March 19, 2009 -- After a long search, ABC News finally found the woman whose heroism touched so many viewers on a recent segment of "What Would You Do?"
On the day we first met Linda Hamilton, producers did an interview with her there on the street, and offered her food, which she courteously declined. We tried to contact her the next day but the telephone number she gave us was out of service, and the Newark, N.J., street she told us she lived on didn't exist.
We visited homeless shelters, soup kitchens, train stations, all to no avail. But by showing video to other homeless people and various agencies, we gradually zeroed in on one neighborhood, and a number of locations where she sometimes showed up. And, finally, Wednesday, a bodega owner called us excitedly: "She's here!"
That same day, John Quinones was finally able to show Hamilton the segment that had moved so many to tears. He read her some of the e-mails viewers had sent in, which caused a shy smile to flit across her face, and he gave her a pre-paid cell phone so that we could keep in contact with her. When the 42-year-old saw the cell phone, her face lit up like that of a little girl on Christmas day: "My own cell phone! I got my own cell phone! And it comes with a charger!"
Until last summer, she had been living in a homeless shelter, but recently dropped completely off the grid. For at least the past few days, she has been sleeping at night at an aunt's apartment in very crowded conditions.
We took her to New Jersey Emergency Services, where executive director Genia Philip and her staff began the process of getting her enrolled in programs that could cover her medical costs, housing and food.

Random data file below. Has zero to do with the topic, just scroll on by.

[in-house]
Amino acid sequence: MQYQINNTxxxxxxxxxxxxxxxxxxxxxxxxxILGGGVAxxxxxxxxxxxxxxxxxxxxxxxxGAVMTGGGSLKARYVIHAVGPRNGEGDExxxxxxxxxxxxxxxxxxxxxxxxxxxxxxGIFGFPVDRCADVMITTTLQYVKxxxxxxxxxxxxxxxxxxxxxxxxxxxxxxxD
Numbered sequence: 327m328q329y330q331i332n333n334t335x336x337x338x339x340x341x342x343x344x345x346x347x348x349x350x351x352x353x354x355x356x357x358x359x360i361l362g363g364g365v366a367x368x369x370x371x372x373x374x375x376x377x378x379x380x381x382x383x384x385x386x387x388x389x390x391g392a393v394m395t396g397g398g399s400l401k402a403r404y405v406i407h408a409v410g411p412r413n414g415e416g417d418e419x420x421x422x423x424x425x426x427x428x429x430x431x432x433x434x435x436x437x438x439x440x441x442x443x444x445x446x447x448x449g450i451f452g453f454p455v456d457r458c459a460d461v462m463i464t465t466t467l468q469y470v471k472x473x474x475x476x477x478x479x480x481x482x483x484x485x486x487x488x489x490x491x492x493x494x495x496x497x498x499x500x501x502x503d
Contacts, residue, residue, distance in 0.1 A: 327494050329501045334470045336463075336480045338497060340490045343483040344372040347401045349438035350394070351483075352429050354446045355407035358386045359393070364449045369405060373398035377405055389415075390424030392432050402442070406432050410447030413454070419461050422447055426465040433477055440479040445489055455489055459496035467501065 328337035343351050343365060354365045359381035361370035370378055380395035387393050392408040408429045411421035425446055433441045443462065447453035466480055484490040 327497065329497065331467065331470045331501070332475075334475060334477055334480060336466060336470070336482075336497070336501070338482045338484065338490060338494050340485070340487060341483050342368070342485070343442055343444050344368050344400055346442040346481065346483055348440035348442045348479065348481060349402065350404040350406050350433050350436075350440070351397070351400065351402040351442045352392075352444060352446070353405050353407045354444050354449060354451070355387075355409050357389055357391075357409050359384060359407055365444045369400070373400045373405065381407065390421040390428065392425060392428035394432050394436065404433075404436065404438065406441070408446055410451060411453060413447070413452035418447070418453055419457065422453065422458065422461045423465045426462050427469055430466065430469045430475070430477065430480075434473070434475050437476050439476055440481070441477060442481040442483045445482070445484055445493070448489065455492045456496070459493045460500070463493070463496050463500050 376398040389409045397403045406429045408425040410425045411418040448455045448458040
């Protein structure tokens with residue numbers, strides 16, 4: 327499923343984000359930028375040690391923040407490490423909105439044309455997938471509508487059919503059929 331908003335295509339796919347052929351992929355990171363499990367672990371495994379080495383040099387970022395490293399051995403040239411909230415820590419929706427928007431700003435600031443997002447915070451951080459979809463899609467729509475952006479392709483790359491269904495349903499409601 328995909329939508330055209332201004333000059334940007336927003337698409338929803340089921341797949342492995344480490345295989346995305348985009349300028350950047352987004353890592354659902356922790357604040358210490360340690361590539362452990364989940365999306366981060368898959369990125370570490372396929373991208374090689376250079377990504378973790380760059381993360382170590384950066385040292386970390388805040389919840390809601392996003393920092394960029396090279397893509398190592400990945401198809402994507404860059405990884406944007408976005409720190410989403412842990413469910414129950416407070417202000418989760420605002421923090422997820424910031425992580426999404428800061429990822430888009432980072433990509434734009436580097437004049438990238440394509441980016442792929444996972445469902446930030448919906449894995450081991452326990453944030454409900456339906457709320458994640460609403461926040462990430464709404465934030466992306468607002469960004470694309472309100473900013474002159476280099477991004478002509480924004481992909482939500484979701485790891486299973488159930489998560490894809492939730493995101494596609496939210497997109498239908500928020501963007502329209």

Linda Hamilton Gets Much-Needed Care
The process is complicated by the kinds of problems that are so often associated with homelessness. It turned out that under her maiden name, Hamilton was indeed in the system, and has been in and out of crisis intervention care for mental problems for many years. She told us she had been in a psychiatric facility during part of the time we were looking for her. She has had two strokes, she said, and a variety of other life-threatening illnesses, but, until now, was not enrolled in a program to pay for the expensive meds she was prescribed.
Last night, we watched as she got to take her medications for the first time in some time.
"You promise you're coming back tomorrow?" Philip asked as Linda left the Emergency Services office.
"I'll come back," Hamilton said.
Those who would like to help this organization provide services for Hamilton can make contributions to:
Newark Emergency Services fund to benefit Linda Hamilton c/o Genia C. Philip Executive Director Newark Emergency Services for Families 982 Broad Street Newark, N.J. 07102